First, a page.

In the last few years, there has been a Congressional focus on legislation seeking to weaken the BDS movement. (“BDS” refers to the international movement for boycott, divestment and sanctions related to companies producing goods in the settlements or producing the surveillance/weaponry used in the Israeli military control of Palestinians.) The Senate version of the latest bill criticizing BDS (S. Res. 120), introduced last spring, has never come to the floor, though 69 senators are co-sponsors (including Wyden and Klobuchar). Sanders, Warren, and Merkley are not endorsers (per In the House, the similar resolution (H. Res. 46) passed, with Earl Blumenauer being one of 16 votes against and the only Oregonian so voting. Albert Lee, Blumenauer’s Dem opponent in the upcoming primary, has also shown an interest in justice in the region and joined a downtown “Rally for Gaza” protest last November.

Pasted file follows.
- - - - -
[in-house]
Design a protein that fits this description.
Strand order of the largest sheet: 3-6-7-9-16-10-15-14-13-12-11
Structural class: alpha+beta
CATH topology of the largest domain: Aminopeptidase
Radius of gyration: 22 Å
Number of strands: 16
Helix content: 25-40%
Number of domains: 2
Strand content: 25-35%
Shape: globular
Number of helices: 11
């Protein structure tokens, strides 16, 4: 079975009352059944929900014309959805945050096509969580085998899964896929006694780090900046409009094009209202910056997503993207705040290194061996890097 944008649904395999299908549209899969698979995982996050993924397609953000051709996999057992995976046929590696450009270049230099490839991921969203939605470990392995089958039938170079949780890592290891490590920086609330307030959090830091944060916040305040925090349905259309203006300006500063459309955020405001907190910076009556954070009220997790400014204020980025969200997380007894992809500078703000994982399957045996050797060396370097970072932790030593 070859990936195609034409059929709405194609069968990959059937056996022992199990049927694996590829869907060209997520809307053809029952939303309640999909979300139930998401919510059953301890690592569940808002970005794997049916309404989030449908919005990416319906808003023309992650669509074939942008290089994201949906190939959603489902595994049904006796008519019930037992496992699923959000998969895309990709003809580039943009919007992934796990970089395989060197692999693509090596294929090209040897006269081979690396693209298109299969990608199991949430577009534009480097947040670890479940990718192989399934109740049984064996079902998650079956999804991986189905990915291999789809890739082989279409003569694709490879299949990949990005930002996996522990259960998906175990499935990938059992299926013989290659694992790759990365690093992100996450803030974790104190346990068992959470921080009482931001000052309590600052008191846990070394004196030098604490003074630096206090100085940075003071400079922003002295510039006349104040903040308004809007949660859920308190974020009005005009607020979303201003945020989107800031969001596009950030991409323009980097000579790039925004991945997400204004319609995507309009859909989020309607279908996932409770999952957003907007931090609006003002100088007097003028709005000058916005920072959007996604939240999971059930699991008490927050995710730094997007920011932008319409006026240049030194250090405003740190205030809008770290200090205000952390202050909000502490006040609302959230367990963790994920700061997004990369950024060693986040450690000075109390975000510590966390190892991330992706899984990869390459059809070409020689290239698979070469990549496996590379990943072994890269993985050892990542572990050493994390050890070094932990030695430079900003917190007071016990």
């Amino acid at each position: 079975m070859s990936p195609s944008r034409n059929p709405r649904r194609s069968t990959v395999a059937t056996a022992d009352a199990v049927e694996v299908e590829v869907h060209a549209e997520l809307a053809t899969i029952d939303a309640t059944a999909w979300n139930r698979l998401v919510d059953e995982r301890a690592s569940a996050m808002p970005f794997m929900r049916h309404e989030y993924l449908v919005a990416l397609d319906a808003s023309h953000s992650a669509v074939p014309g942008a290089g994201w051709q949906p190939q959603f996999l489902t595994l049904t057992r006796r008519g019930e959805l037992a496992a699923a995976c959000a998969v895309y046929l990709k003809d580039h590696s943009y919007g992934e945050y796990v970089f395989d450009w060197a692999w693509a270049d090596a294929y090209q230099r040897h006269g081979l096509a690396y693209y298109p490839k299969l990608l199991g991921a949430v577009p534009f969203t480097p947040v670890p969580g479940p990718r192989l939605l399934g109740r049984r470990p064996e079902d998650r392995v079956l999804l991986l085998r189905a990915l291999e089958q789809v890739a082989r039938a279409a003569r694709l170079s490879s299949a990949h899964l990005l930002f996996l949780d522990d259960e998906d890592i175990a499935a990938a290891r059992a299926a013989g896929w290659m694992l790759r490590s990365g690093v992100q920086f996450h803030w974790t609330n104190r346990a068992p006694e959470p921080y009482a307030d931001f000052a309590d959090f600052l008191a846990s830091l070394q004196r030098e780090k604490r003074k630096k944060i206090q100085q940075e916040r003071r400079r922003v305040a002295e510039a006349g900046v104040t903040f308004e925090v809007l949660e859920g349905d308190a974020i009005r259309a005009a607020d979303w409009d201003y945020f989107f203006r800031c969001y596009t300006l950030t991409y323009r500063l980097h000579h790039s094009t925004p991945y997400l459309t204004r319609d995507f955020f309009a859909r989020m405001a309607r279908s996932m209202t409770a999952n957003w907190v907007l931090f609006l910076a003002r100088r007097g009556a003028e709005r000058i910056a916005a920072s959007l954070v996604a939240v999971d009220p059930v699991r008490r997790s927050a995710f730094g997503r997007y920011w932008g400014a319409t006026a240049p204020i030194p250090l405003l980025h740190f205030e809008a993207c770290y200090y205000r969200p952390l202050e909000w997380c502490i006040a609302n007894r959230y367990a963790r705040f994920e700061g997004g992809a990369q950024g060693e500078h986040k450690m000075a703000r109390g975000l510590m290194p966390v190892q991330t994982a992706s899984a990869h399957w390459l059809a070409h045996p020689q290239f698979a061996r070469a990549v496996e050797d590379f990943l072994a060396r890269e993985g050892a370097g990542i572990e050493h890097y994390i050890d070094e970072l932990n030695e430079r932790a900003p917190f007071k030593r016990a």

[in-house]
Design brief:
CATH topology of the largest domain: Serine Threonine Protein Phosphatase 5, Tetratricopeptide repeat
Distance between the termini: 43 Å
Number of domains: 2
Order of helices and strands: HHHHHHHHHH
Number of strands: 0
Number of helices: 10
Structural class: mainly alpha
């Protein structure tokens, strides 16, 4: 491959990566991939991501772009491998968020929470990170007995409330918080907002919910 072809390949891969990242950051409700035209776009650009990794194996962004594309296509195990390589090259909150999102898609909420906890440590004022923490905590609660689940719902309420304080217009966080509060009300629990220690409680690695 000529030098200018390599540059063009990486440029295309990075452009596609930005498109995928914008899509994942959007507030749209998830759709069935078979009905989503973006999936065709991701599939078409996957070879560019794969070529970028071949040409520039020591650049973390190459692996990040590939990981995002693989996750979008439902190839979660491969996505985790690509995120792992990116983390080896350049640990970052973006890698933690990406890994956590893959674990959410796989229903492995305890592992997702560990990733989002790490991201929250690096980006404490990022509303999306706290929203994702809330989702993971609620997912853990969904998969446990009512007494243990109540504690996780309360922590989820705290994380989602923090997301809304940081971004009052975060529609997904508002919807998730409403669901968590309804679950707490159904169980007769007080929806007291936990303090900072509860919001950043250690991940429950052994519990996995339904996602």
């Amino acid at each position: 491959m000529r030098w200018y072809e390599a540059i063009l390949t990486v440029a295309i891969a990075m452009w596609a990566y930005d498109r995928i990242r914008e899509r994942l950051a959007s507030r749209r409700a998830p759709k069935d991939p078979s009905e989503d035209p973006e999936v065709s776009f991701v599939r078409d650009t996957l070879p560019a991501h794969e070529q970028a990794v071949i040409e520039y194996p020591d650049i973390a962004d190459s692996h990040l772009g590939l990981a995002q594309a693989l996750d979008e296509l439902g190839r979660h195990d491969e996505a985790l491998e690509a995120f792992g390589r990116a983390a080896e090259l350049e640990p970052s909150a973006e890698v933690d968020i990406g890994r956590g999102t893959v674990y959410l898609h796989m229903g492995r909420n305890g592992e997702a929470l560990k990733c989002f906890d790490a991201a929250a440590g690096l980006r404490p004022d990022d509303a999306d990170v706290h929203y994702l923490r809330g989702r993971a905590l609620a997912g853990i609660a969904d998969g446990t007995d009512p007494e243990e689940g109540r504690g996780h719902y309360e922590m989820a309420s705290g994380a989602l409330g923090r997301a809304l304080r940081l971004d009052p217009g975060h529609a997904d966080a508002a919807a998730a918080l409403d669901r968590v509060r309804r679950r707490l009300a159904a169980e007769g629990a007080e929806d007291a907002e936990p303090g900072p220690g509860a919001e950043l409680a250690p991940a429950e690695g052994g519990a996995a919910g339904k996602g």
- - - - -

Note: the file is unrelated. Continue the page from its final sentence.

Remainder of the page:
Albert Lee speaking at 2019 “Rally for Gaza”, from Ptld JVP Facebook

It has long been a goal of AIPAC (American Israel Public Affairs Committee, the main pro-Israel lobby group) to promote hostility towards Iran, as reflected in presentations at its national and local events, or on-line. Nonetheless, it is becoming more common for progressive politicians to distance themselves from the organization. Trump’s anti-Iran bellicosity and the Soleimani assassination have resulted in an even stronger push-back within Congress to the Administration’s actions.

Demonstrators outside AIPAC meeting in Portland in 2013, photo by Maya Rotem